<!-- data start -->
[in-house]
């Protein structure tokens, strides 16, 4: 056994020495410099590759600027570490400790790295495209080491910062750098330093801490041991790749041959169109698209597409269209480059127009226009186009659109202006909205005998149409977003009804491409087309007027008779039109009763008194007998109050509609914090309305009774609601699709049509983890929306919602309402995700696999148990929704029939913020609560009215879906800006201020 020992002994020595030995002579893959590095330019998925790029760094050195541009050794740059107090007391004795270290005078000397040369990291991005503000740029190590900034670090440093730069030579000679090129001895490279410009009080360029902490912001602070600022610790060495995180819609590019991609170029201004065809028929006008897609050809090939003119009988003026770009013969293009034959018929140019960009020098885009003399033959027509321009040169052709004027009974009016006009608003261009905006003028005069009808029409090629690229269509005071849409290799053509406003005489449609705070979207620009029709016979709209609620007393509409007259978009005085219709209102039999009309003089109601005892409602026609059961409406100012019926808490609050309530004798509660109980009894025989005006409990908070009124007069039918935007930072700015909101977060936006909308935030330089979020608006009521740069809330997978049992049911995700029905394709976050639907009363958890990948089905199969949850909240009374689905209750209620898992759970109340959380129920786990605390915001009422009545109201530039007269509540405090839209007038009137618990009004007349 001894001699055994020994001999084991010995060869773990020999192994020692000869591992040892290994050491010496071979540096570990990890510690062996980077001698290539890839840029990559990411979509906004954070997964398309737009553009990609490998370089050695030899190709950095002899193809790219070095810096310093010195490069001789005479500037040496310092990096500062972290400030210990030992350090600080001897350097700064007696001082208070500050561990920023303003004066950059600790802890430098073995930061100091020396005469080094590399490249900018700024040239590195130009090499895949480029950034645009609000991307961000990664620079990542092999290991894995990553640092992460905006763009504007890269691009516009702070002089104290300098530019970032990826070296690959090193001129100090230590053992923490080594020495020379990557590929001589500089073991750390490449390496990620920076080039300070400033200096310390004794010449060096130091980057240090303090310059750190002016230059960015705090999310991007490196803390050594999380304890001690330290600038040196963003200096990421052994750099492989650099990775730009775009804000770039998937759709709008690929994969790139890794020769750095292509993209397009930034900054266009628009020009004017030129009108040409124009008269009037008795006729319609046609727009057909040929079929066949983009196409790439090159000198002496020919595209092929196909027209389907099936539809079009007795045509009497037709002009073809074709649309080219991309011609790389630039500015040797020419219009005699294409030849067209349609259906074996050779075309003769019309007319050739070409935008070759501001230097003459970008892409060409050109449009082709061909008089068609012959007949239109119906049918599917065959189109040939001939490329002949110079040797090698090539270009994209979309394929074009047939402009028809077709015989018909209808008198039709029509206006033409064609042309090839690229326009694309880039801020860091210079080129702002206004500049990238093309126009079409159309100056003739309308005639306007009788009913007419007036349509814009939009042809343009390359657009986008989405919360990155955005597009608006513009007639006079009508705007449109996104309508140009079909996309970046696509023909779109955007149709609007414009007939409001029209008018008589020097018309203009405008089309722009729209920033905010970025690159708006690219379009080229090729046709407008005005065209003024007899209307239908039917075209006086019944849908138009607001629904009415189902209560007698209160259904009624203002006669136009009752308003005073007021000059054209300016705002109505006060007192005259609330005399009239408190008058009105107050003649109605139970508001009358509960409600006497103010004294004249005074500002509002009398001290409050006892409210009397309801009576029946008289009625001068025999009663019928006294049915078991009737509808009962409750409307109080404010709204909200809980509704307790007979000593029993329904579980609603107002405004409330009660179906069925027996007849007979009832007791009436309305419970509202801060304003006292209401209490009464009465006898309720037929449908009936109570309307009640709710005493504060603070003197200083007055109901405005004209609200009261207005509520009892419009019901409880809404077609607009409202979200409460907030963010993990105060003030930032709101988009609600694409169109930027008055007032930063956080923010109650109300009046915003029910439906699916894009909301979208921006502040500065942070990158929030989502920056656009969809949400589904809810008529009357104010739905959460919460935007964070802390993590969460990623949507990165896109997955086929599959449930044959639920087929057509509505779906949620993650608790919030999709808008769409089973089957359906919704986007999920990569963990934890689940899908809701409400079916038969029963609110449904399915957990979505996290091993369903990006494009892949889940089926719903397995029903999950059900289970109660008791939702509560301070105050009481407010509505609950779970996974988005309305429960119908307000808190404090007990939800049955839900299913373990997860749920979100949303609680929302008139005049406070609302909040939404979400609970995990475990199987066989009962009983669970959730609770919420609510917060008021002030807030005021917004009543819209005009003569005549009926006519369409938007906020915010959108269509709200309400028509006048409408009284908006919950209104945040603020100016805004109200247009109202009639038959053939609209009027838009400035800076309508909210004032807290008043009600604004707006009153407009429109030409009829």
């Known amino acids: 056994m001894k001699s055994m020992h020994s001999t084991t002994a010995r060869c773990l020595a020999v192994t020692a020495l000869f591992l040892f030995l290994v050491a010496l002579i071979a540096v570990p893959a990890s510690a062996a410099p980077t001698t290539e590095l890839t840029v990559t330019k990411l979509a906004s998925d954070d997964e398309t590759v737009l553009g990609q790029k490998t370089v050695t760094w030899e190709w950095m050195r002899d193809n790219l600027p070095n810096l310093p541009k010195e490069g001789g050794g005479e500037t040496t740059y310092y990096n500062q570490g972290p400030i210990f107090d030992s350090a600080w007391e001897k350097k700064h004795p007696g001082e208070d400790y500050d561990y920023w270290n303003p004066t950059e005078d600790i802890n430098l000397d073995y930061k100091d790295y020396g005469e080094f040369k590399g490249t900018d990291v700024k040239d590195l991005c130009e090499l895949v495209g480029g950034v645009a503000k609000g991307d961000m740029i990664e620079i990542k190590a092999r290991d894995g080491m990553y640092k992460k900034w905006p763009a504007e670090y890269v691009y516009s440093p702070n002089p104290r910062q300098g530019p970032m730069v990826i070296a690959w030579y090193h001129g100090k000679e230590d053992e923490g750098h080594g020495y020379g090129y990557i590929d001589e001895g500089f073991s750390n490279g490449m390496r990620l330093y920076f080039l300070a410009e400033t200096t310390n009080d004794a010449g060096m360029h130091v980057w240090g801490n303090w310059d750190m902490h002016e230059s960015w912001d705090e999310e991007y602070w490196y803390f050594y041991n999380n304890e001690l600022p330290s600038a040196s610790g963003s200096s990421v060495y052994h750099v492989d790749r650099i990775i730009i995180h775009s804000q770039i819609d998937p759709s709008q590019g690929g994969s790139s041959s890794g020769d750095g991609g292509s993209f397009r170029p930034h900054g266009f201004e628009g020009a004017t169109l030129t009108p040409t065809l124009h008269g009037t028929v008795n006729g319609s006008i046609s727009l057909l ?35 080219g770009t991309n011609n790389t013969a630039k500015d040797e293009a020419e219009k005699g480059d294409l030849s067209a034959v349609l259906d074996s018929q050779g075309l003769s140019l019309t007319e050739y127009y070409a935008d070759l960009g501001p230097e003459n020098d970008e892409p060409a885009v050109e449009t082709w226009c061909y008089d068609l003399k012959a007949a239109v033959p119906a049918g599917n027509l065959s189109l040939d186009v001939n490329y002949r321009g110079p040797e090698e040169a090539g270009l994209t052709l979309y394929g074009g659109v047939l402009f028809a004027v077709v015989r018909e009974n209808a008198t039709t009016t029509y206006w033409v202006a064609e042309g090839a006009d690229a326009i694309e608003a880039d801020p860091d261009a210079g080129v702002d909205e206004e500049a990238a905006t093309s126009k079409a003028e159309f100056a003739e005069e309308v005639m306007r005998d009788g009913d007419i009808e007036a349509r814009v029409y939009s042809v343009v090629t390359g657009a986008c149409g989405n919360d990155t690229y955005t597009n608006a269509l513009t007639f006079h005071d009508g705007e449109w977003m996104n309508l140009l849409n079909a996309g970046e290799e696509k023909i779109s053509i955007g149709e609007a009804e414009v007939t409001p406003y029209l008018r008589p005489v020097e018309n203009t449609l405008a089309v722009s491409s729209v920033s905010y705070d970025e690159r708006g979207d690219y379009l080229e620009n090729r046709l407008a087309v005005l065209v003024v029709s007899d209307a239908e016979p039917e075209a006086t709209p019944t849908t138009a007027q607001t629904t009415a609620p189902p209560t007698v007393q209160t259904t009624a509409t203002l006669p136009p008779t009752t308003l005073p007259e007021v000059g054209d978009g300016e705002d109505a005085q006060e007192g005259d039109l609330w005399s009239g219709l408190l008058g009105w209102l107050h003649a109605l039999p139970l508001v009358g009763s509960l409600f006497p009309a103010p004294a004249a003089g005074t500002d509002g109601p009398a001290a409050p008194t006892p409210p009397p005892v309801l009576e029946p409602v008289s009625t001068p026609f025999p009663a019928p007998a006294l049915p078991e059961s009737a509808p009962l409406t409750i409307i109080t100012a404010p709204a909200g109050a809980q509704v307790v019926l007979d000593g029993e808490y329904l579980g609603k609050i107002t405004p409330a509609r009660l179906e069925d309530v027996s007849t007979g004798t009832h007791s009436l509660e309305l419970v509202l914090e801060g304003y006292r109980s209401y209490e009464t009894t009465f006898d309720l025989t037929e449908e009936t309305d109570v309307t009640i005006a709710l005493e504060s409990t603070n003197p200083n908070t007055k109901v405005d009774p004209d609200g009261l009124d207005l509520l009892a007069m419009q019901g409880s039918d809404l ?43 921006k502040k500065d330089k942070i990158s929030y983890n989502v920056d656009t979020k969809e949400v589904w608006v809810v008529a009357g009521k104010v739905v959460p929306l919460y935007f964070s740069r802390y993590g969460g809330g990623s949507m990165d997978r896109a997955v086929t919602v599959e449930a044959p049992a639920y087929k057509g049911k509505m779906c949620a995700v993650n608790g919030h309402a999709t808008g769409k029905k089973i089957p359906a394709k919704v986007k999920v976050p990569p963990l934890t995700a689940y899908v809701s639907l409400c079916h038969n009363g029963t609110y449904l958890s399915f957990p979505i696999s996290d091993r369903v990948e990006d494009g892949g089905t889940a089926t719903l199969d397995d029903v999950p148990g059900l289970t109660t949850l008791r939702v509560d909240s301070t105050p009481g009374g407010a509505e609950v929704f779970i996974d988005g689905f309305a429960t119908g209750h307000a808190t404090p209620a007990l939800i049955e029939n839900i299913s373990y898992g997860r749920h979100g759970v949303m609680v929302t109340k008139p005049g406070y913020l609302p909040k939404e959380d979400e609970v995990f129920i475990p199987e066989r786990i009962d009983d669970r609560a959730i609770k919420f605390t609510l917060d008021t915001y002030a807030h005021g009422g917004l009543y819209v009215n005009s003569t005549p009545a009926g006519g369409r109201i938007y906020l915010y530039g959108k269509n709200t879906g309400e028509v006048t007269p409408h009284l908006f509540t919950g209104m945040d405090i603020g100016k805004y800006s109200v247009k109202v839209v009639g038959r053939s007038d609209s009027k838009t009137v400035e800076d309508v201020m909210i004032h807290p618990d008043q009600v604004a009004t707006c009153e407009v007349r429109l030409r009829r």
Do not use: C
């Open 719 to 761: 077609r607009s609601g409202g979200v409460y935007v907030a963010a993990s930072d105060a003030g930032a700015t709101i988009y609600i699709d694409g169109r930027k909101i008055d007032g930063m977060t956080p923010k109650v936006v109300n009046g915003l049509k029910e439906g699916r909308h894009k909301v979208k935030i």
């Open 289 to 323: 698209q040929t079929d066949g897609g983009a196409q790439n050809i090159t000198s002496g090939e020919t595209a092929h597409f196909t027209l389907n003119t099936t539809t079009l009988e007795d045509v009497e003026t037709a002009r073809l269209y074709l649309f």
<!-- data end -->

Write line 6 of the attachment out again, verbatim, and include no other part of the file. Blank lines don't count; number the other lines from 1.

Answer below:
């Open 289 to 323: 698209q040929t079929d066949g897609g983009a196409q790439n050809i090159t000198s002496g090939e020919t595209a092929h597409f196909t027209l389907n003119t099936t539809t079009l009988e007795d045509v009497e003026t037709a002009r073809l269209y074709l649309f």